"I Am Not Afraid Anymore"
Without realising it consciously, we all have this little off-limits area in our lives. We say, "God, I'll do anything for you but that," or "Please don't allow this to happen because I couldn't be tested to that depth." Well, if God calls you to do something, or allows you to walk through something, he gives you the grace to get through it. How many times have I said that to other people? But deep down inside, I've done the same thing: "Please God, anything but that!" But perfect love does cast out fear. I have this picture in my mind of a place that is locked away. It's dusty and there are sheets covering the furniture and no one's been in there for a long time. Then God comes in and shines a light and cleans everything out and clears everything away. It's then that you realise that the very fact of being locked away like that is what causes the fear. The walls you hid behind had become your prison. When God shines his light on it you're not afraid anymore.
"What Did He Die For"
I was at a photo shoot in Toronto and we were shooting in a chapel at a Christian college. On the chapel wall they had engraved the names of the young men from their college who had died in World War I and World War II. It was so emotional for me that they were probably about 18 or 19 years old when they died for their country. They never lived out the rest of their lives. Later, while I was watching the footage of the 50th anniversary of D-Day, I was very moved by the fact that so many young men gave their lives for their country; and on some very real level, they gave their lives for me. They never knew me. They never knew I was going to be born. But all that would have happened in their lives never happened, so that I could live my life in freedom. As a Christian the thing your mind goes to immediately is that Jesus gave his life, died a horrible death, literally came to earth for that purpose. Just like some of those guys that went over there to Normandy, knowing they would never come back. What do I do that makes it worth those men having done that? What is it about my life that makes Christ's death worthwhile? We can't deserve it, but we must live our lives in appreciation of the great sacrifice that was made for us.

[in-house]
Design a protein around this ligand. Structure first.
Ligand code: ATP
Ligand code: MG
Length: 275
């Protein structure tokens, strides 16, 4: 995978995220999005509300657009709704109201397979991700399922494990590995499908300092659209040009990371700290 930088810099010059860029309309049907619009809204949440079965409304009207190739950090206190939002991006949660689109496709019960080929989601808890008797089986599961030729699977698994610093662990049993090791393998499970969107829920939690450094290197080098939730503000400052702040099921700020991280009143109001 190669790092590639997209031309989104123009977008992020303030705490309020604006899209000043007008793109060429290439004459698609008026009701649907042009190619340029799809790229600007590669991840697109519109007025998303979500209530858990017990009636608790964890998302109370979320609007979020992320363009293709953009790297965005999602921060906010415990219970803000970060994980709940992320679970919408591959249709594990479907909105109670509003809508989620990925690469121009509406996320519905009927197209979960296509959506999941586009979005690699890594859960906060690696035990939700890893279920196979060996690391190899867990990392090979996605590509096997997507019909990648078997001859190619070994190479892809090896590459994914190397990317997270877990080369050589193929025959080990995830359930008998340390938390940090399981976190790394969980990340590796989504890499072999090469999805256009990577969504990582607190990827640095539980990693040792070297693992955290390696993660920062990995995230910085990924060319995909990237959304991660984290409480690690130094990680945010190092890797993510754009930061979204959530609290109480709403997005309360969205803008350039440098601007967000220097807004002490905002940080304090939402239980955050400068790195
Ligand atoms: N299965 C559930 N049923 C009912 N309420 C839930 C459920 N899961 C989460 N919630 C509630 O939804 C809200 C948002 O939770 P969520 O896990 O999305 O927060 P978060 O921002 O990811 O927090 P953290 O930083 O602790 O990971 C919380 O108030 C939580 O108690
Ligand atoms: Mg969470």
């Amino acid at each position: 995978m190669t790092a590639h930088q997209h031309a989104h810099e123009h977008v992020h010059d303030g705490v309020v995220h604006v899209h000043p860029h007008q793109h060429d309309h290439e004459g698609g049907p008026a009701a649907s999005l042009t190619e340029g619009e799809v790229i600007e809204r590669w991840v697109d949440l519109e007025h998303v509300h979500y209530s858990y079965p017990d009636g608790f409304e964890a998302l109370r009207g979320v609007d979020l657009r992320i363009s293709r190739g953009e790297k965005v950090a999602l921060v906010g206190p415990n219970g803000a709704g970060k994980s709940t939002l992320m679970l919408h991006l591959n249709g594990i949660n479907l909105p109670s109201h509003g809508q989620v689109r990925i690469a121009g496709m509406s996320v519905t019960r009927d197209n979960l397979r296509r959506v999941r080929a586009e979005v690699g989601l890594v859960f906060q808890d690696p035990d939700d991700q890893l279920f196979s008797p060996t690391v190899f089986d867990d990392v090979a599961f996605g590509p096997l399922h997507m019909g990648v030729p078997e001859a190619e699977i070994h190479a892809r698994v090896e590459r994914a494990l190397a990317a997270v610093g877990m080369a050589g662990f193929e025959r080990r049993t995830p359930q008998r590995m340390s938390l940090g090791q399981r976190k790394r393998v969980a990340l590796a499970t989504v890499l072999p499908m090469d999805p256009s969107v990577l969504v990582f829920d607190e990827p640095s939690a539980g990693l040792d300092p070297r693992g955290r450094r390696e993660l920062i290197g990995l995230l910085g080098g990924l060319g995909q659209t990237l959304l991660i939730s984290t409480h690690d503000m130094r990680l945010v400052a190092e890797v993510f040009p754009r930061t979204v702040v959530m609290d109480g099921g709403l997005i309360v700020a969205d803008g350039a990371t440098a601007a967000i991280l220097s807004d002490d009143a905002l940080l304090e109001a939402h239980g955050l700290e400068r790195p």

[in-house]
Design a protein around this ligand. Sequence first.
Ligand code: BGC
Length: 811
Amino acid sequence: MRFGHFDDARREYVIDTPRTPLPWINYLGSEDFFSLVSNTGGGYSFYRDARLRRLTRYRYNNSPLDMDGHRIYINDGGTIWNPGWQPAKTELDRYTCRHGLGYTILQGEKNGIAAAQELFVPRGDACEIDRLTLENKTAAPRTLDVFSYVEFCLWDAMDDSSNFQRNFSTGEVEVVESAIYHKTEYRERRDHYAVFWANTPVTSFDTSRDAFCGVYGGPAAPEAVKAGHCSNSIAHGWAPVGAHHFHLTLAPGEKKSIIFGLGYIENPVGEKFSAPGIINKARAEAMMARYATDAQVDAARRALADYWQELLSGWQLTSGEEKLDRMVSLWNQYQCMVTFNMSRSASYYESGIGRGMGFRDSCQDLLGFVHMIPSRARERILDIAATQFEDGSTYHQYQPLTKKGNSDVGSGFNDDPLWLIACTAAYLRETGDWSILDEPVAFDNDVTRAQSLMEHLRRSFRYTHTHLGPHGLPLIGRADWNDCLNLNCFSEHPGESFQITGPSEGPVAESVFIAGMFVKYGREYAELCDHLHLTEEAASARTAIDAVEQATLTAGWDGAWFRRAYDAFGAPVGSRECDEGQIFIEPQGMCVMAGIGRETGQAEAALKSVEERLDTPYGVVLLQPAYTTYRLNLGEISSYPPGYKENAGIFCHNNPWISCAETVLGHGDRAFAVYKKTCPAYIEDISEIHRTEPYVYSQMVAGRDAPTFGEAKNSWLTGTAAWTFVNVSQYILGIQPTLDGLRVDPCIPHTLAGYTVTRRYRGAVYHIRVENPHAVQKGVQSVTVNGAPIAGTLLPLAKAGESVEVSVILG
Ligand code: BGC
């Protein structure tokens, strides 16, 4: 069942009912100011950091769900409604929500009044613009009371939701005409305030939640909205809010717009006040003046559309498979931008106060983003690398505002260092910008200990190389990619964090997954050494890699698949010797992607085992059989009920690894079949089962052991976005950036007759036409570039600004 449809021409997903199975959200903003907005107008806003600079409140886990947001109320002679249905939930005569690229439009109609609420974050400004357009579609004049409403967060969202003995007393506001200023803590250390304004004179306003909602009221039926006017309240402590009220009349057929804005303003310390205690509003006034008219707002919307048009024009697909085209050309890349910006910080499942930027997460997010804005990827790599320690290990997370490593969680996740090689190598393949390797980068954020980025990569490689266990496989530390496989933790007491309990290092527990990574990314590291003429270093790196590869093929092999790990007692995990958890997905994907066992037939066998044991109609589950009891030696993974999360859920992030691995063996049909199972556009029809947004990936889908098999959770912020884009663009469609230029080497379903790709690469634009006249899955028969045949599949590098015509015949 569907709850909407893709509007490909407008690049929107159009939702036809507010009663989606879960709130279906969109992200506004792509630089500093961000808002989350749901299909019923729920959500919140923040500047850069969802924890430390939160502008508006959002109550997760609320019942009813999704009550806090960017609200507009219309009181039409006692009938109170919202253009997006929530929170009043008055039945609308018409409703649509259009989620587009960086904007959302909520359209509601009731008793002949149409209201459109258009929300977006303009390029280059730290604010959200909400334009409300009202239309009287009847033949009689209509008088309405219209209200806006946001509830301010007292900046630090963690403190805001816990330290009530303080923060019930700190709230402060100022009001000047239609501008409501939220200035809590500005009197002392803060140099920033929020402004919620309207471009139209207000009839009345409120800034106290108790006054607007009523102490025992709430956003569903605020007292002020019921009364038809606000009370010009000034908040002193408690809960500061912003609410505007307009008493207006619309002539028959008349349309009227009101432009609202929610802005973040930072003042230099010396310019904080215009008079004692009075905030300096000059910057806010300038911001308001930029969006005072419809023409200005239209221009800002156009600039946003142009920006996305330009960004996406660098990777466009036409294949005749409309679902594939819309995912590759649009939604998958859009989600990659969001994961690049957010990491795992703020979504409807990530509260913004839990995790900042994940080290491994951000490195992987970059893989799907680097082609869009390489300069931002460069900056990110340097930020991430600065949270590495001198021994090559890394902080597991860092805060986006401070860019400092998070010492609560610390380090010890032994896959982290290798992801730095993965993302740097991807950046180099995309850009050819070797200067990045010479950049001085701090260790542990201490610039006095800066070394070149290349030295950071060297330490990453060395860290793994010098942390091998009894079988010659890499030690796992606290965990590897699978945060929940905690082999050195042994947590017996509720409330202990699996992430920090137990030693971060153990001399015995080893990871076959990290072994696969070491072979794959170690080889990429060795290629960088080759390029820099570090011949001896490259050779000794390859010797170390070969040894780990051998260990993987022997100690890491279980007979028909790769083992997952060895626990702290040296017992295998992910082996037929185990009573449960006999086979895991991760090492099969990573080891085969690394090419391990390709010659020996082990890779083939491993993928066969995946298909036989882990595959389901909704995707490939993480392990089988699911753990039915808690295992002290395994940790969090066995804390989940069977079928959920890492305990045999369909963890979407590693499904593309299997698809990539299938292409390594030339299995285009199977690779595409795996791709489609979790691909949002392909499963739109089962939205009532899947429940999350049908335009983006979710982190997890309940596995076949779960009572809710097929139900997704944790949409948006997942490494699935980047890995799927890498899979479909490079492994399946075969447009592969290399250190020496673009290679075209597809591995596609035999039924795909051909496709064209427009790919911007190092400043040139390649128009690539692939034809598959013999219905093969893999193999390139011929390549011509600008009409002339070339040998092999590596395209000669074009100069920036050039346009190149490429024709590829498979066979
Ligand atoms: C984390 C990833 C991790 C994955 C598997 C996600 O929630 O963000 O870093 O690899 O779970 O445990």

"House Of Cards"
This song is about directing our priorities. We are so busy and it's easy to get caught up with the day-to-day stuff. This song is a little reminder to step back and analyse, what am I actually building? I always think of the scripture, "Unless the Lord builds a house, they labour in vain who build it." so, what house am I actually building? Is it some sort of physical, temporal structure? Or am I really building something that is going to last for all eternity? Because of travelling so much, I've had times when I've been tempted to make my home, my literal house, too much of a priority. I still need to be reminded of those things.
"I Never Get Used To What You Do"
This song was inspired by a friend who made a dramatic turnaround in their relationship with the Lord. It hit me on a very emotional level. I thought, "Wow, it's so incredible what God does in people's lives!" I see it over and over and it blows me away every time. This is a song of gratitude to the Lord, and the bridge brings it home for me: "Every time I see your hand reach down/Another lonely child has just been found/Every day your mercy is brand new/And we would all be lost if not for you." Even though I was never out there living in blatant sin, I still would be lost without the Lord. Whether our sin is something everyone would say, "Oh, that's big-time sin," or simply pride and self-righteousness because of growing up as a preacher's kid, he's done a dramatic work in all our hearts and continues to do that daily. I never want to take it for granted.
"I Will Listen"
My husband and I were talking several years ago about the fact that dreams rarely come true in the form that you dream them. We tend to think of that as a bad thing. But as we get a little older we realise what is important is allowing God to guide our dreams in the right direction. Part of growing up as a Christian is allowing his dreams to be our dreams; his heart to be our heart. We have to learn how to go through these times, times that seem to be heart breaking, and release our dreams and desires to him in total trust. I think the important line in this song for me is, "This is where I stand until he moves me on." I'm not going to crash in and say, "Okay God, you had your chance, now I'm going to fix this." Instead, I'll patiently wait, no matter how long it takes, for him to reveal his plan, even in this difficult time. The title of the album comes from this song, as well as from "Love's Been Following You". I chose that title because it reflects endurance, faithfulness and making a choice to stand. It's also about what we stand on: grace and faith and the principles and foundations that Jesus Christ has given us. And it's about being open, regarding our frailties and vulnerabilities as a human on this planet, trying to follow the Lord.